Bachelor 1, 2 & 3
Professor: Raphaël Van Lerberghe
Starting off with technical exercises defined by “subjects” such as constrained drawing, word drawing or “the word inside the drawing”, students develop the blueprints of an artistic proposal and define the contours of a personal project. The aim is to experiment with drawing techniques and to discover the challenges they represent in contemporary art, among other things. On the whole, the course aims at giving the means to develop an artistic practice in drawing or in other media that may possibly be connected to references and issues pertaining to drawing. The content of the course is organised around six subjects and a number of technical exercises that students use to develop a combination of practical and theoretical tools. These tools allow them to start developing an artistic approach and to define the contours of a personal project. As students work with exhibitions as well as editorial and circumstantial topics, the content of the course is not entirely pre-established. Students respond to subjects in a personal way; therefore, technical precisions are differentiated. Presentation problems (display, installation, special relationship) are addressed for every proposal.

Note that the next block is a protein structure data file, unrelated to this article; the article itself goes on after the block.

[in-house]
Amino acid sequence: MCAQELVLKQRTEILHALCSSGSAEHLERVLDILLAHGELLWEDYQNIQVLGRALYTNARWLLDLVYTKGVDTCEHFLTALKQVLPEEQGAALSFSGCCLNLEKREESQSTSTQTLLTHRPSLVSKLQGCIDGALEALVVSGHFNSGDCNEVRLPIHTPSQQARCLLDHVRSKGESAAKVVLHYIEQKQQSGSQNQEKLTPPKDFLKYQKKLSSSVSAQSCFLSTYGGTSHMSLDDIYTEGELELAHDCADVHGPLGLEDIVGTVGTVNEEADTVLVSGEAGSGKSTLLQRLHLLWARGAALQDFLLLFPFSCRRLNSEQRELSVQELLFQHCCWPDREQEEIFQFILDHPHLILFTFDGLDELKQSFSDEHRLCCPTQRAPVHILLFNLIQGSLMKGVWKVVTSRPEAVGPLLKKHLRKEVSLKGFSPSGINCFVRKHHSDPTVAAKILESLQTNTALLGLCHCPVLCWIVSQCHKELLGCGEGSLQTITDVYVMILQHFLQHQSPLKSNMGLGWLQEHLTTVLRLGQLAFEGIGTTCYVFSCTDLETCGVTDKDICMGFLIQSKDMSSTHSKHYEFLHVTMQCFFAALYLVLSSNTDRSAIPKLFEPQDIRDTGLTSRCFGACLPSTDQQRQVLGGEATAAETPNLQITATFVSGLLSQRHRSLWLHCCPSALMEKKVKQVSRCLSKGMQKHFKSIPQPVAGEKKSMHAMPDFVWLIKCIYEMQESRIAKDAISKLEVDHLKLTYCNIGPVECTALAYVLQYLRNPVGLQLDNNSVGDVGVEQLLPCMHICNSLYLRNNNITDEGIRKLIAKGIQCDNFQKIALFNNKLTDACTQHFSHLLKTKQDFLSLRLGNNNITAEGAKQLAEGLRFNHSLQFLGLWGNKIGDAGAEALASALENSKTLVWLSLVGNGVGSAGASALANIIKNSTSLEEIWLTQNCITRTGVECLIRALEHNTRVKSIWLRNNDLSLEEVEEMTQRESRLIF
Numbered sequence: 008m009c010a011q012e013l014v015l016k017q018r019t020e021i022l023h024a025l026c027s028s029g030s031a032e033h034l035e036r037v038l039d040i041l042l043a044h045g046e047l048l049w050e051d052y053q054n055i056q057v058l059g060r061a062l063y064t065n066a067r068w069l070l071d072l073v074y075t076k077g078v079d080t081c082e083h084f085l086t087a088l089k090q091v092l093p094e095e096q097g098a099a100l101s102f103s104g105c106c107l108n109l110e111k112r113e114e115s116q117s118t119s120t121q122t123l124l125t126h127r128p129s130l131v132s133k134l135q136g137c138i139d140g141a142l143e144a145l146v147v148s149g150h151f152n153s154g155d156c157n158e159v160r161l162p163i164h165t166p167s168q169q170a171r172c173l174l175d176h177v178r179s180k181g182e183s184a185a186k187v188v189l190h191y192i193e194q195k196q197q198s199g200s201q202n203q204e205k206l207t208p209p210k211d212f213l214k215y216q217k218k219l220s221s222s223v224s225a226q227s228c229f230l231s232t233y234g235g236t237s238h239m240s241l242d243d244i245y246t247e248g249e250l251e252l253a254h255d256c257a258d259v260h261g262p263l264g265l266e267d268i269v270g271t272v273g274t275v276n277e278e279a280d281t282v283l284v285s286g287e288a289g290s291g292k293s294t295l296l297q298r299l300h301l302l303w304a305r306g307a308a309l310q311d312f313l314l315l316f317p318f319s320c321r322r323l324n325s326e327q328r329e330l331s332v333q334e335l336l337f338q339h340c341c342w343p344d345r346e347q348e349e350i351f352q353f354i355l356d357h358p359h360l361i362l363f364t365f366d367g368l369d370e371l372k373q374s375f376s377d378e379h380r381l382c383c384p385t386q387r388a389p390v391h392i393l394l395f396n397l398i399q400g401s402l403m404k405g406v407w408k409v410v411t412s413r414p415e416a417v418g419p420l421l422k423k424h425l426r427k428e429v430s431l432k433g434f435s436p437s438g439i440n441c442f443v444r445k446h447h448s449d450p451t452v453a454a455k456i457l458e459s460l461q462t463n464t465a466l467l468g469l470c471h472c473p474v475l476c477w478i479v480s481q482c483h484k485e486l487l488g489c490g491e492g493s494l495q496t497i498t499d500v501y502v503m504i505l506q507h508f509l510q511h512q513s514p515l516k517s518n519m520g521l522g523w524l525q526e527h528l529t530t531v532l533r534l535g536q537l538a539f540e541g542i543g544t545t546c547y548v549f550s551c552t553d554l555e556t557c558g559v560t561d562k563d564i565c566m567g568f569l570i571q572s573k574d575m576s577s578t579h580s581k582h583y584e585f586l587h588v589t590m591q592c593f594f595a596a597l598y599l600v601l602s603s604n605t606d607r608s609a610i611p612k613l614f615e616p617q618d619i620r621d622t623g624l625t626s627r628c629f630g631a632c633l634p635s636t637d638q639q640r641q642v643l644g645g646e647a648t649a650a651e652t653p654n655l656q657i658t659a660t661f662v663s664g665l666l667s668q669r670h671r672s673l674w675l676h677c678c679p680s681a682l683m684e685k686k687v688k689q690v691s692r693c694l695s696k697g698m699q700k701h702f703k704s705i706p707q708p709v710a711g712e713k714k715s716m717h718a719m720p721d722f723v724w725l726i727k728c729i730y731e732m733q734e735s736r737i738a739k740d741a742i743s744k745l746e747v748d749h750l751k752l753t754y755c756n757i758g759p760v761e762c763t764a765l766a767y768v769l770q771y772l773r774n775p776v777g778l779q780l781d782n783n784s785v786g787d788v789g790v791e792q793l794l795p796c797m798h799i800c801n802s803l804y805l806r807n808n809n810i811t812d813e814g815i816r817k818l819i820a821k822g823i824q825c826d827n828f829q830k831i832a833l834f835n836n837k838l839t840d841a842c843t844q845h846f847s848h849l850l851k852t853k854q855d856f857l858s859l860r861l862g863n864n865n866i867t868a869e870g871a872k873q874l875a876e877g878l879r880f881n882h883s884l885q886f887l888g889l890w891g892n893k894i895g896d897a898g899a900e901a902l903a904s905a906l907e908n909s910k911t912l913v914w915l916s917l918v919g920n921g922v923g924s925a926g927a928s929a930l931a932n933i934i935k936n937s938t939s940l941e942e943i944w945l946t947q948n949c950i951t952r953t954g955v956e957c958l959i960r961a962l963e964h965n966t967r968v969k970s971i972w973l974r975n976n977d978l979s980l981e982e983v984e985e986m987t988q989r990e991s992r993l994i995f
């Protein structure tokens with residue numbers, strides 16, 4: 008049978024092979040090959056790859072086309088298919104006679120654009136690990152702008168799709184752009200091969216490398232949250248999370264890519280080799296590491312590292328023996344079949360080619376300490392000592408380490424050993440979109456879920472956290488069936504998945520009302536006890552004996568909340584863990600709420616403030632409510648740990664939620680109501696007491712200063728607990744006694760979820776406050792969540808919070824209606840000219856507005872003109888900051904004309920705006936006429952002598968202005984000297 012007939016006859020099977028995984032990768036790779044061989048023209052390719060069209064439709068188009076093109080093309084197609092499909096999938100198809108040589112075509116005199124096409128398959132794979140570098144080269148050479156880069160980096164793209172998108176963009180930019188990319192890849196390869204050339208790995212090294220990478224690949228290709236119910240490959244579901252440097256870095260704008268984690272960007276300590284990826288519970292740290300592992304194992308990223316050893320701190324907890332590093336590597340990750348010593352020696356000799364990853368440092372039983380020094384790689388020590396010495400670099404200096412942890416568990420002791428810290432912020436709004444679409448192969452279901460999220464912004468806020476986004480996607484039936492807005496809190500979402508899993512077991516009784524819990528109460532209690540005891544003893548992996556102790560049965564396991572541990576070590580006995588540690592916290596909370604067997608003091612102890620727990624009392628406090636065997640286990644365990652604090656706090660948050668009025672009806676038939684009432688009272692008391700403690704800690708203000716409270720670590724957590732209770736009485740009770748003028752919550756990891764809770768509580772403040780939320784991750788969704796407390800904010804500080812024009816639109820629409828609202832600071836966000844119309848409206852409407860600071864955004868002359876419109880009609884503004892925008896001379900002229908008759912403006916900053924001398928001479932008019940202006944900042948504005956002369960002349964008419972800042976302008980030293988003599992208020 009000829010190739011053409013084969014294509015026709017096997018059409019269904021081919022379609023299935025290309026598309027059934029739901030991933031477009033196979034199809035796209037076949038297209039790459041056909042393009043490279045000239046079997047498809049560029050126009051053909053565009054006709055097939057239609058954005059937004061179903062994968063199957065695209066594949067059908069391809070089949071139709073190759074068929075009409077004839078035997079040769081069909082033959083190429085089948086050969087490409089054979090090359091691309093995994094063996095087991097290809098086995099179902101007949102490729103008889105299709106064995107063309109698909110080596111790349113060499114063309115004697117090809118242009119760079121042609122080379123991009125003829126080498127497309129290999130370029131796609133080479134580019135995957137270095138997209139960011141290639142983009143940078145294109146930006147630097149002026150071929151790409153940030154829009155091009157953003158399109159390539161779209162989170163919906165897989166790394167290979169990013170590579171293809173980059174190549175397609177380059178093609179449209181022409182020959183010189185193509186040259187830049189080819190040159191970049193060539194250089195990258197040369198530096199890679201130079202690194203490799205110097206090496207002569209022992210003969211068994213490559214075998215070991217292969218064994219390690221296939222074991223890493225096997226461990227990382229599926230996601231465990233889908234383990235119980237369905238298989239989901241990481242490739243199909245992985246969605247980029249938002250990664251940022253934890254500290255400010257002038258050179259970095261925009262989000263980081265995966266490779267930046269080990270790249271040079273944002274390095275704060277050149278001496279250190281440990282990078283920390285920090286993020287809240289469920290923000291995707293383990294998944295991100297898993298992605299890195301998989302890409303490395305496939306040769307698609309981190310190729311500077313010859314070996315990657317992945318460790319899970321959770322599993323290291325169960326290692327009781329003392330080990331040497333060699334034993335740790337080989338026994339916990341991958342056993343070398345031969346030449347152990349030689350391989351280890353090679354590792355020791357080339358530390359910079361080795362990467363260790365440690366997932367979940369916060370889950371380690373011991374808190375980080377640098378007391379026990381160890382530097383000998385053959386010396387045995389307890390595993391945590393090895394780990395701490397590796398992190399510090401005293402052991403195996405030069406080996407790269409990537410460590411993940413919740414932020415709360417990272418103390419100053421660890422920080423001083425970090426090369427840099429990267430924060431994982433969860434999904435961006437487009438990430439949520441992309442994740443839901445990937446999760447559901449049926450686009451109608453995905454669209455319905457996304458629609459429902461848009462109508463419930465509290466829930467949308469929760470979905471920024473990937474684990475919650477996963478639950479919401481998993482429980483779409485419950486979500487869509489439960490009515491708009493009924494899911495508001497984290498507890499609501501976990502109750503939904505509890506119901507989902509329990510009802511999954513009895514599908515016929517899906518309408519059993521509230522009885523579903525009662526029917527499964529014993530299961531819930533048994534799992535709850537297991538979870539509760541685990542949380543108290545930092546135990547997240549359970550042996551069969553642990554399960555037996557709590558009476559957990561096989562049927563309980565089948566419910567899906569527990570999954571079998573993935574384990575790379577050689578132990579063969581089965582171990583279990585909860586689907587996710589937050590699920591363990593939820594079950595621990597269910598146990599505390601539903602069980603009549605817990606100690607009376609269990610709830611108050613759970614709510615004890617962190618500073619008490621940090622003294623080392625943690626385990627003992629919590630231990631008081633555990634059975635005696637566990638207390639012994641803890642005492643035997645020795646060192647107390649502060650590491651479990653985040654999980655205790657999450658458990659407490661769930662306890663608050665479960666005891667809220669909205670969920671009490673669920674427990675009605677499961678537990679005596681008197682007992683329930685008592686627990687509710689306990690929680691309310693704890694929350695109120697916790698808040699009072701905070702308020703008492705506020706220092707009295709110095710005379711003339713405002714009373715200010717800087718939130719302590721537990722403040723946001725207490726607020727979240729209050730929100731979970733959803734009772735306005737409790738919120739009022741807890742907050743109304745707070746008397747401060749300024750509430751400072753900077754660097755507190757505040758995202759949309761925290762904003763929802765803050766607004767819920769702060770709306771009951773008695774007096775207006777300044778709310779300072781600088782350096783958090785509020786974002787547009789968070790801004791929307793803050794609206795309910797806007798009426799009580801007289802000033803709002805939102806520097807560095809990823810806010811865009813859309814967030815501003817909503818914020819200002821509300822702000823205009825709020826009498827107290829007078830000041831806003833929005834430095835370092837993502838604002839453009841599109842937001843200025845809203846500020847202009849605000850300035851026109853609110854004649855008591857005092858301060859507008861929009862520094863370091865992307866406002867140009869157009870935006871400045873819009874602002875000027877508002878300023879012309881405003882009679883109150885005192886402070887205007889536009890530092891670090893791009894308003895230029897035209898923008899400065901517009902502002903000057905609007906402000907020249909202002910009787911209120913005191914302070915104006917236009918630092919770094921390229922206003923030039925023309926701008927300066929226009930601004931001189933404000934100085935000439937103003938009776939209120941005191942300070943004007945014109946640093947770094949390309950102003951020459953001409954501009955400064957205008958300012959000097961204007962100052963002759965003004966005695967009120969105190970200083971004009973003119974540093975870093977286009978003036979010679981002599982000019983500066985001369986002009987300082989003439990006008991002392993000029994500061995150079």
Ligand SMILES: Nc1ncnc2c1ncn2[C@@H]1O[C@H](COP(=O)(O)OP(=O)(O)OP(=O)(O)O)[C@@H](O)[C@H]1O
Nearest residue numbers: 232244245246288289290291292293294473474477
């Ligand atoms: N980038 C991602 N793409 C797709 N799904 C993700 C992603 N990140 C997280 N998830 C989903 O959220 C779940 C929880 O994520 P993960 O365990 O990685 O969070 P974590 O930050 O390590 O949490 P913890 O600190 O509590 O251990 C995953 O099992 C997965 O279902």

Professor : Christine Meisner
Drawing has access to the inner and the outside world. It can trace the unconscious, relocate the absent and contextualize the never seen. It can evoke history. Transforms memory into the present and project the future. It’s a key to understand different aspects of the human condition, re-enacts how things came into being. The pencil serves as a tool of appropriation and creation, the line re-reads anew the obvious or invents a new path. Drawing can be fiction or fact, unreal real landscapes. It can be a tool of examining political aggregates, understanding the social body. It can create and question the document. It is the medium, which capture and depict unlimited imagination in the instantaneous way. Drawing is a process of gaining space and time – even one can draw a setting of its own possible escape.